Frequently asked questions about alchemy
What is the derivation of the word alchemy ?
There are three main ideas about the origin of the word alchemy. Firstly, from ancient Egyptian transmitted through Arabic 'al-khem', from the Egyptian hieroglyphics
The second derivation is from the Greek word 'chemeia', found in the writings of Diocletian, the art of making metal ingots.
The third derivation is from the Greek word 'chumeia', the art of extracting juices or infusions from plants, and thus herbal medicines and tinctures. From 'chumos' meaning juice.
Is alchemy practical, spiritual or symbolic?
Alchemy bears all these facets within it. Some people pursue alchemy purely as a practical work with substances and processes in their laboratories, while others investigate alchemy as a purely interior exercise. There is no one correct interpretation of alchemy. Alchemy is in its essence multifaceted, and cannot be reduced to single viewpoint.
How is alchemy defined?
Alchemy is so multifaceted that any definition restricts alchemy to a particular view or excludes aspects that should come within the realm of the alchemical. One cannot reduce alchemy to practical laboratory work, or to interior meditative work with symbols, or to being only a spiritual pursuit. Anthropological, Jungian, esoteric, history of science, semiotic, or other interpretations, are only ways of looking at alchemy. In recent years some people have tended to use the term in a very broad sense.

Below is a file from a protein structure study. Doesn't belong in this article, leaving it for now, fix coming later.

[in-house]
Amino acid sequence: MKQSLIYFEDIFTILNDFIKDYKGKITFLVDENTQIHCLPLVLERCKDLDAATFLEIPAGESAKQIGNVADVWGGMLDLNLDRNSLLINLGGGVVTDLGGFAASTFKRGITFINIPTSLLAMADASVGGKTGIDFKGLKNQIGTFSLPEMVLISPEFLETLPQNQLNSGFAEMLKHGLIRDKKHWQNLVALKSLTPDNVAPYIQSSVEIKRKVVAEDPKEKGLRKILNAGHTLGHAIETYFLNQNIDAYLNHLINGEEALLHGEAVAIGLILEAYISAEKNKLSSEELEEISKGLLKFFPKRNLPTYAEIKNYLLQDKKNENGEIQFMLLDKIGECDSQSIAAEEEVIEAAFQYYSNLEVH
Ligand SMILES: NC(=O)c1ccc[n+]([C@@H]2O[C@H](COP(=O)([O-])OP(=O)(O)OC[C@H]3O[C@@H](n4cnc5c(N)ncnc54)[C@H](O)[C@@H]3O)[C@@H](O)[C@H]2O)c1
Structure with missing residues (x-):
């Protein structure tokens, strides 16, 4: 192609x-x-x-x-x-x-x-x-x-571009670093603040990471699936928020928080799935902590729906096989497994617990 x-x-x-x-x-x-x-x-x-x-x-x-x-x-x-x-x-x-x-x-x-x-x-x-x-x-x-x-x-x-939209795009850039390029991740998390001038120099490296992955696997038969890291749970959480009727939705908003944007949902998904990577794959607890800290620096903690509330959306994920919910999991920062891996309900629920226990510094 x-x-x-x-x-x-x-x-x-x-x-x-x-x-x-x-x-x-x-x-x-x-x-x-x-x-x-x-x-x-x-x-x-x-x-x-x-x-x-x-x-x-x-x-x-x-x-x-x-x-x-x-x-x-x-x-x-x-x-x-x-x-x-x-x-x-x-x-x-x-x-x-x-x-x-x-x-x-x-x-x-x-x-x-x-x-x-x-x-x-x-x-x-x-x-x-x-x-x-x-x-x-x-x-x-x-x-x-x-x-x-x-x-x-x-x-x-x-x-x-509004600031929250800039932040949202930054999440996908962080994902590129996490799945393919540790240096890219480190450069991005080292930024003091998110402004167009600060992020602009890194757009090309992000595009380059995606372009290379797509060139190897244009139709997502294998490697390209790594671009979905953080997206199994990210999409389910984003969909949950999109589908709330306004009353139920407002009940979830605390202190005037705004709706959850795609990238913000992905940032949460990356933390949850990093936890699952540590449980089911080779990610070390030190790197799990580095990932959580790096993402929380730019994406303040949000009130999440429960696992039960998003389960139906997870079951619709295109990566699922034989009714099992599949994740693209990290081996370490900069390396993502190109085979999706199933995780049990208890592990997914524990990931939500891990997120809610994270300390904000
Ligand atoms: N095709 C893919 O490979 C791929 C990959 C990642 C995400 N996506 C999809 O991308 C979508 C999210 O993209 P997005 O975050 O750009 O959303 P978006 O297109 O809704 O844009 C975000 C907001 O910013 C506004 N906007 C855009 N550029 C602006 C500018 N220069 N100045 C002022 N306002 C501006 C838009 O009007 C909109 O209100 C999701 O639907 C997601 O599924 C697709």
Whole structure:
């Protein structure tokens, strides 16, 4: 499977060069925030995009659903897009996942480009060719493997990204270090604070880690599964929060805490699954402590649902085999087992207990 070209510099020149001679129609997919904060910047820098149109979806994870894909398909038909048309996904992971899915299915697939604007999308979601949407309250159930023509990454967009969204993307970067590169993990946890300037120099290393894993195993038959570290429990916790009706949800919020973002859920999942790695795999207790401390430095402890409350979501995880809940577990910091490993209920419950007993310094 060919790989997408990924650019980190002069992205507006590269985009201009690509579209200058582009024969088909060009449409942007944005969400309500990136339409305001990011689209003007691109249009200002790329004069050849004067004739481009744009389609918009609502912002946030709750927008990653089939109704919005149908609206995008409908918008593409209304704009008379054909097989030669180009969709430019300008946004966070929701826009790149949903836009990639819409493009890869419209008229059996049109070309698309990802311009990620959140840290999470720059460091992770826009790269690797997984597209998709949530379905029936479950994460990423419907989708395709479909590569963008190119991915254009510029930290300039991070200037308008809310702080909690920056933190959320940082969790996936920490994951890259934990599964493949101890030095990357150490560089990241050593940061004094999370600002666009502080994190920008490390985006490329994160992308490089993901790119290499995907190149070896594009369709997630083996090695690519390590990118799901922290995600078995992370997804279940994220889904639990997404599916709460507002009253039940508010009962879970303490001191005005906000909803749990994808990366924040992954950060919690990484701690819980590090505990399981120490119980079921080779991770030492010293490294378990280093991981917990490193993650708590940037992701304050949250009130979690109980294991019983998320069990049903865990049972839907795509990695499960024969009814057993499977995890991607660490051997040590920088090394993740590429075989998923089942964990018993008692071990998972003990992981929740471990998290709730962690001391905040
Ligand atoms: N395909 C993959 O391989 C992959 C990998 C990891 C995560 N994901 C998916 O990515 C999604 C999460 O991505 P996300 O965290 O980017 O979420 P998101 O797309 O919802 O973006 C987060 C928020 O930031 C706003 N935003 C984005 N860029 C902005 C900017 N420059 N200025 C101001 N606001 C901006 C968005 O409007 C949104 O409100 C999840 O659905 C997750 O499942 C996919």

Definitions of alchemy tend to reflect individual's underlying philosophical preconception. Perhaps it is best if we found our view of alchemy on the body of alchemical writings, the manuscripts and printed books that constitute and embody the alchemical tradition. This body of alchemical knowledge, preserved in many libraries throughout the world, is probably the securest foundation on which to build a view of alchemy. Those who do not found their opinions and perceptions on this body of tradition, are often drawn to airy speculations and personal belief systems, which cannot be investigated and researched, but only accepted through an act of belief. This was not the way of the alchemists of previous centuries - they did not rely merely on belief, but were constantly investigating, exploring the texts and ideas of previous generations of alchemists, and struggled in their own writings to find their own truth.
We should beware of any one-dimensional interpretation or definition of alchemy. When alchemy is reduced to a simple interpretation, we can be sure someone is trying to pull the wool over our eyes.